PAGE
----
Dr Christy Toby of ABEC points to major challenges in private schools business

Could it be true that top private school owners also have challenges? The reality was unveiled in Port Harcourt on Wednesday when the owners of one top school played host to the media as part of their anniversary celebrations. The MD lined up issues that pose challenges and was helped to list them by her husband who is the chairman.
A big-time education investor in the south-south geo-political zone of Nigeria has pointed at the growing appetite for cheating, fraud and examination malpractice as the greatest virus eating deeply into the fabrics of the education sector in Nigeria.
Dr Christy Toby (PhD), educationist and founder of Arch-Deacon Brown (ABEC) group of schools that range from nursery, primary, secondary, day, boarding and inclusive educational schools, told newsmen in Port Harcourt, Rivers State, that most Nigerians these days would hardly trust any transaction that did not take care of fraud in the form of sorting, exam malpractice and cheating.

For this reason, any school that insist on clean dealing and zero-provision for sorting during major exams would scare most parents. She said one of her schools at Iriebe scares other non-WAEC secondary schools from bringing their candidates, just because they were not charged additional fees for ‘exam success’, a parlance for sorting to ensure students passed and passed with high grades.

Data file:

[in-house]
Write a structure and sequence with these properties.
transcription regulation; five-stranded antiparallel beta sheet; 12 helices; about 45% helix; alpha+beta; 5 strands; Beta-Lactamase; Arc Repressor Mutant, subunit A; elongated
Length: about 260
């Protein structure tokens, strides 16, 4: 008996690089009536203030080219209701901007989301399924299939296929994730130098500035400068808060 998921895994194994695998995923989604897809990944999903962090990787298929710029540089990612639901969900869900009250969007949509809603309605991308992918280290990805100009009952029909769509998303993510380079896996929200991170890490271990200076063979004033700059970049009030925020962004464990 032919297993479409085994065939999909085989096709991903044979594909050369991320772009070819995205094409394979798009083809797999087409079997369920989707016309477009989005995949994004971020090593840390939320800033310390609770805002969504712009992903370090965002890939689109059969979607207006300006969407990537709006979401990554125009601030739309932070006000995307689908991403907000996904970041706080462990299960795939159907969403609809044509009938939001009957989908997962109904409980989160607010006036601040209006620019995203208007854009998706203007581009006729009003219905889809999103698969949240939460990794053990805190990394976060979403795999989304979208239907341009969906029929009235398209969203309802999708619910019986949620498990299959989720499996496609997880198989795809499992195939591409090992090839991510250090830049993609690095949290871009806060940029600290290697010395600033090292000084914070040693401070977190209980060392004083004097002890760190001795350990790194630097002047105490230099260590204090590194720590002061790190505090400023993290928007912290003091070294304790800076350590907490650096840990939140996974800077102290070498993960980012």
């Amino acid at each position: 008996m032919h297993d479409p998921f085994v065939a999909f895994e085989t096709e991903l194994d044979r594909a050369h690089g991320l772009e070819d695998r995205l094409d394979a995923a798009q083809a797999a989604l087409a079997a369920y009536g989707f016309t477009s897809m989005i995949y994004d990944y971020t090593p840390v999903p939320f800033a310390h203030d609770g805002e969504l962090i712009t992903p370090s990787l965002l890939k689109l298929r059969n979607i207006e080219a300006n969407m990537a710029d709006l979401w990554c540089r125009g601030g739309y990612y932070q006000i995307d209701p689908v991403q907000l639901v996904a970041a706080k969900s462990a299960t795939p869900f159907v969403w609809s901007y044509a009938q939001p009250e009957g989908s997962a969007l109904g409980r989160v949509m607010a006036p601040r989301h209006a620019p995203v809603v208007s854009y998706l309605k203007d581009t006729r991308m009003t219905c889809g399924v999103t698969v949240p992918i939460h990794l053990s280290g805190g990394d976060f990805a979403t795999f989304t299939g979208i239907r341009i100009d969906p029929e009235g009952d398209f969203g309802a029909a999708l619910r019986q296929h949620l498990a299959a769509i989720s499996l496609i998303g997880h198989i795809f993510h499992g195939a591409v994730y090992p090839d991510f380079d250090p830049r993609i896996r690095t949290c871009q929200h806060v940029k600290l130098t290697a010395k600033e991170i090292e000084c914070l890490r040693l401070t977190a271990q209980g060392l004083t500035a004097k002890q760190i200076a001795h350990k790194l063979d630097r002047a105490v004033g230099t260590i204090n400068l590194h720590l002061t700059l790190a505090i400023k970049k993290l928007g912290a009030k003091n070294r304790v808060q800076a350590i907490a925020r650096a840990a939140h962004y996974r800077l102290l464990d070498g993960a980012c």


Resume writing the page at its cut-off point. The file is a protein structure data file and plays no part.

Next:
The school’s insistence on zero-malpractice and zero-payment for sorting has scared away many schools, though she said it has brought good name to the school.

Another challenge ABEC group (Arch-Deacon Brown Educational Centre) is facing is the misconception that high fees alone guaranteed quality. She said most parents have the class-conscious virus that leads to bragging rights. “They want to brag that their children are studying in the highest fee-paying school of about N5m per session. They convince themselves that if the fees were moderate, their offering would never be equal, let alone higher that the highest fee-paying ones”.

Her husband, Sir GTB Toby, helped to mention lack of funds to support the kind of quality offered at ABEC group, saying this was levying burden on the management. Another challenge in the sector is proliferation of schools which she said has led to sub-standard schools that use ways and means to get high grades for students to the admiration of unsuspecting parents.

ABEC, she declared, has produced students that beat their peers in the best universities around the world, including those now in the US Navy due to outstanding performances and those that are now on scholarship in the best universities due to high grades in their first and second degrees. She glorified the name of the lord for ABEC to clock 20 years with outstanding performances.

In a presentation to capture the 20 years so far, the Executive Director of ABEC, Ibim Semenitari, said the core values of the school built on hardwork, integrity, excellence and care for the next person (through giving back mechanism) have propelled the schools to high levels.

He recalled how 47 students posted distinction in Mathematics and how a blind student made As and Bs from SS2 and is now doing well in the university. The ABEC groups is always situated on vast compounds to allow children enough plating space because of the belief that play is part of education for a child.